Eric D. Snider

Ribald for Your Pleasure

Snide Remarks #613

"Ribald for Your Pleasure"

by Eric D. Snider

Published on June 22, 2009

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One of the unusual things about the CineVegas Film Festival, in Las Vegas, is that many screenings are attended by elderly local residents who, unlike their aged counterparts in other places, are not offended when the movies are filthy.

Apart from this and being too tan, elderly Las Vegans aren't much different from the garden-variety senior citizens you'll find clogging highways and populating Sizzlers everywhere else. They make random, out-loud observations about the movie while it's playing; they favor hard butterscotch candies that can only be unwrapped during quiet portions of the film; and they shuffle slowly down the aisle afterward, taking care to walk side-by-side to prevent anyone from passing them.

What separates them from old people in other places is that they'll watch anything. The closing-night film at CineVegas was "World's Greatest Dad," a very dark comedy written and directed by Bobcat Goldthwait, one of those chubby comedians from the 1980s who used to scream a lot (but not the one who died; that was Sam Kinison). "World's Greatest Dad" is chockablock with naughty words and vulgar conversations and is not for the faint of heart.

I knew this going in, so I was amused to see an elderly couple sitting in front of me. They had no idea what the movie was about. They had bought CineVegas passes and were just watching whatever was playing. Before the movie began, the woman was on her cell phone bragging to someone about how she'd had her photo taken with Jack Nicholson, and I was going to gently inform her that the Nicholsonian man who'd been hanging around the film festival all week was merely a lookalike, but then I thought Why ruin her fun? And I also thought Why talk to an old person if I don't have to?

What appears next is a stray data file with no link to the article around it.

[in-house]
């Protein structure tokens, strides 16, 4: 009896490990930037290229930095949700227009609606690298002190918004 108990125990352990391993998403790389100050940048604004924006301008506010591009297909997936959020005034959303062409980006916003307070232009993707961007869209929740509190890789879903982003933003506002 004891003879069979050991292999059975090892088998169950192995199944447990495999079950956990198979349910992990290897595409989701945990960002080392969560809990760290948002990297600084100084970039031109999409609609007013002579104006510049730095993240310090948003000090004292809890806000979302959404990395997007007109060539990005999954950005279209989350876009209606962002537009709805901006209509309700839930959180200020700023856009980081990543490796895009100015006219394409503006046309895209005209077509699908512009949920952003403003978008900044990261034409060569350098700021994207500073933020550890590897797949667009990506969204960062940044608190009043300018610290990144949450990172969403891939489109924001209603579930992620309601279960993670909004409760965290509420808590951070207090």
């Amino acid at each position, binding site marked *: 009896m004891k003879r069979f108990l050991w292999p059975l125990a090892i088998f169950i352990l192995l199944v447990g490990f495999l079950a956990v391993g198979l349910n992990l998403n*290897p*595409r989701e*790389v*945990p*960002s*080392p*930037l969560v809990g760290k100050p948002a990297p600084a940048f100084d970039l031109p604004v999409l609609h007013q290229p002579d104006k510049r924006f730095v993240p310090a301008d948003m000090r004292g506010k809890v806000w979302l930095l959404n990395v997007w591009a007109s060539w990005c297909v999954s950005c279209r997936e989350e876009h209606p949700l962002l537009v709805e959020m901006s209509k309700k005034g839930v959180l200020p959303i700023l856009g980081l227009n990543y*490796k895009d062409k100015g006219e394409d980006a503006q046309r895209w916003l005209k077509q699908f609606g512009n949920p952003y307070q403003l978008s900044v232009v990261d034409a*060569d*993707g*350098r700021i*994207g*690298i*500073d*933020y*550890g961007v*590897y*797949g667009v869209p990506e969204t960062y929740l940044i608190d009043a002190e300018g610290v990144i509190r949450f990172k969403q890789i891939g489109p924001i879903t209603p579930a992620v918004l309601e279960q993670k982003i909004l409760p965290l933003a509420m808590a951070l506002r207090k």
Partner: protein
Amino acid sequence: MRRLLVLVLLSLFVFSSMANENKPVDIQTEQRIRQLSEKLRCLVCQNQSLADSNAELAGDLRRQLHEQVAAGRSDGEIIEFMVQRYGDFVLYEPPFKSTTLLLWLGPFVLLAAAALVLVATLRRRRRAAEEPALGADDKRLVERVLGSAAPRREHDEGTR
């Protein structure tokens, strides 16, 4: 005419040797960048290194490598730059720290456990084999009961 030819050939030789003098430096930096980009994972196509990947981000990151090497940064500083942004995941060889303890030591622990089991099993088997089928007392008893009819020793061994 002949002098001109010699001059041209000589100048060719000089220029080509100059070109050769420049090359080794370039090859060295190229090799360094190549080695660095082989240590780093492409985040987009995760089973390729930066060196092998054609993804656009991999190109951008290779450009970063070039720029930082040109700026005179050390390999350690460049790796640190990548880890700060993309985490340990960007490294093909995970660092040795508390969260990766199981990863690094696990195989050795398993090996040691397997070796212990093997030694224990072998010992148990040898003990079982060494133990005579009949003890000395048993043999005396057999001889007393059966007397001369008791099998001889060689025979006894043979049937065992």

Once the movie began, I thought for sure the old people would be mortified by its salacious content and exit the theater. That is what most old people would do. In Utah, where I lived for 10 years, old people go to movies specifically so they CAN be offended. It's how they pass the time.

ONE OLD PERSON: Dear, let's go to the moving pictures tonight and walk out of something in a huff.
A DIFFERENT OLD PERSON, TO WHOM THE FIRST OLD PERSON WAS SPEAKING: Why, that sounds delightful, dear! Let's be sure to park near a liquor store so we can glare disapprovingly at the people going into it.

Of course, it's not just the elderly who are bothered by ribald content. Sometimes younger people are as well. Last November I wrote a parody of "Twilight" that was subsequently copied and pasted onto a lot of blogs and Facebook pages belonging to teenage girls, teenage girls being the demographic least likely to understand things like "unauthorized reproduction," "copyright infringement," and "common sense." (In their defense, they've never lived in a world without the Internet, which has made all of those things murky, if not obsolete.) One blogger posted it on her site after getting it from her little sister's Facebook page, where it appeared without attribution. The beginning of my parody describes Phoenix, Ariz., as a "hellish, uninhabitable wasteland," but either the blogger or her little sister deemed this inappropriate and changed it to "suckish, uninhabitable wasteland," which somehow seems even more vulgar to me. What do these girls do at church when hell is mentioned? Mentally replace it with the word "suck"?

Revelation 20:14 -- "And death and suck were cast into the lake of fire."

Matthew 18:9 -- "It is better for thee to enter into life with one eye, rather than having two eyes to be cast into suck fire."

Matthew 23:33 -- "Ye generation of vipers, how can ye escape the damnation of suck?" (Sorry: "the stinknation of suck.")